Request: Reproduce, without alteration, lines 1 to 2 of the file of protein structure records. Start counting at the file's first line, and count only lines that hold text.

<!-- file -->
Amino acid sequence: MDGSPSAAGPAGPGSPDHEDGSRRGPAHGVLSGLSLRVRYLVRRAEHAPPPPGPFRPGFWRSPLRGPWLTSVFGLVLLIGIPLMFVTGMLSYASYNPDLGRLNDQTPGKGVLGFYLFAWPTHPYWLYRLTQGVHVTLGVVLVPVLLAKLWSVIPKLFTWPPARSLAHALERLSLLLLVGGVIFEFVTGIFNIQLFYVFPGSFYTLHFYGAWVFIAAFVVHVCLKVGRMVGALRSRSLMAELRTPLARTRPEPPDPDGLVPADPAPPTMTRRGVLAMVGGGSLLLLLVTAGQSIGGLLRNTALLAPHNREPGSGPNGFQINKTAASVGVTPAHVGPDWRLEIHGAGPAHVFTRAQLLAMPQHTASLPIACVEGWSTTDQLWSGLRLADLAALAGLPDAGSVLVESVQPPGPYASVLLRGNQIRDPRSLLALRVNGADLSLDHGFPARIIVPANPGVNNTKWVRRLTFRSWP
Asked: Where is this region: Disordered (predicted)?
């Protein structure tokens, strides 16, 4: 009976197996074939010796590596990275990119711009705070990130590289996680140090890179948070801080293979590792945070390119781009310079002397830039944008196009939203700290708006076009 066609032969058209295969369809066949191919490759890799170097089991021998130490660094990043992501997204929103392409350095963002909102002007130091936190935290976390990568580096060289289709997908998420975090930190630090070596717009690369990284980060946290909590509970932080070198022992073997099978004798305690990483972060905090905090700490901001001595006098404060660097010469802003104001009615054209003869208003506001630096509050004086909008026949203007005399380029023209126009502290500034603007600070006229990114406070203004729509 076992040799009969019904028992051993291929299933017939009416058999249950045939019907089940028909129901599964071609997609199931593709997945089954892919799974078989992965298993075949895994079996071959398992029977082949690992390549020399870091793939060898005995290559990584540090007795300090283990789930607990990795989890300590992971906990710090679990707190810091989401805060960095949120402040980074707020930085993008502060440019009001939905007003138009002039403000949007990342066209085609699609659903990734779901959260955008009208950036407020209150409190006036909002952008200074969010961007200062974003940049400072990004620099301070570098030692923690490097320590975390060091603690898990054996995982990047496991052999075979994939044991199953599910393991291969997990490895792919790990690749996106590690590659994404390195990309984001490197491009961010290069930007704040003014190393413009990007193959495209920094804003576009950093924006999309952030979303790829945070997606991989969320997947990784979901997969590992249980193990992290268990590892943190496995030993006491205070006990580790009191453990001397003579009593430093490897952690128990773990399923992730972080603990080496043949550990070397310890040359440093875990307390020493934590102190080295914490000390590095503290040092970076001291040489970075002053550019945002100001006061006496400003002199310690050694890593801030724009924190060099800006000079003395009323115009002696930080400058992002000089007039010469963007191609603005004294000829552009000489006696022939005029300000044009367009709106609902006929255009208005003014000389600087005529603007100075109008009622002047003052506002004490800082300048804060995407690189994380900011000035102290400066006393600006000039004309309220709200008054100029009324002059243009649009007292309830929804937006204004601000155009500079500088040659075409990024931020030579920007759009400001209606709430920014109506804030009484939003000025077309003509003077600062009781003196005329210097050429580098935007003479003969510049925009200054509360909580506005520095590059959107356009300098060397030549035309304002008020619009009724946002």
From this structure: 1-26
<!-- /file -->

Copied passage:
Amino acid sequence: MDGSPSAAGPAGPGSPDHEDGSRRGPAHGVLSGLSLRVRYLVRRAEHAPPPPGPFRPGFWRSPLRGPWLTSVFGLVLLIGIPLMFVTGMLSYASYNPDLGRLNDQTPGKGVLGFYLFAWPTHPYWLYRLTQGVHVTLGVVLVPVLLAKLWSVIPKLFTWPPARSLAHALERLSLLLLVGGVIFEFVTGIFNIQLFYVFPGSFYTLHFYGAWVFIAAFVVHVCLKVGRMVGALRSRSLMAELRTPLARTRPEPPDPDGLVPADPAPPTMTRRGVLAMVGGGSLLLLLVTAGQSIGGLLRNTALLAPHNREPGSGPNGFQINKTAASVGVTPAHVGPDWRLEIHGAGPAHVFTRAQLLAMPQHTASLPIACVEGWSTTDQLWSGLRLADLAALAGLPDAGSVLVESVQPPGPYASVLLRGNQIRDPRSLLALRVNGADLSLDHGFPARIIVPANPGVNNTKWVRRLTFRSWP
Asked: Where is this region: Disordered (predicted)?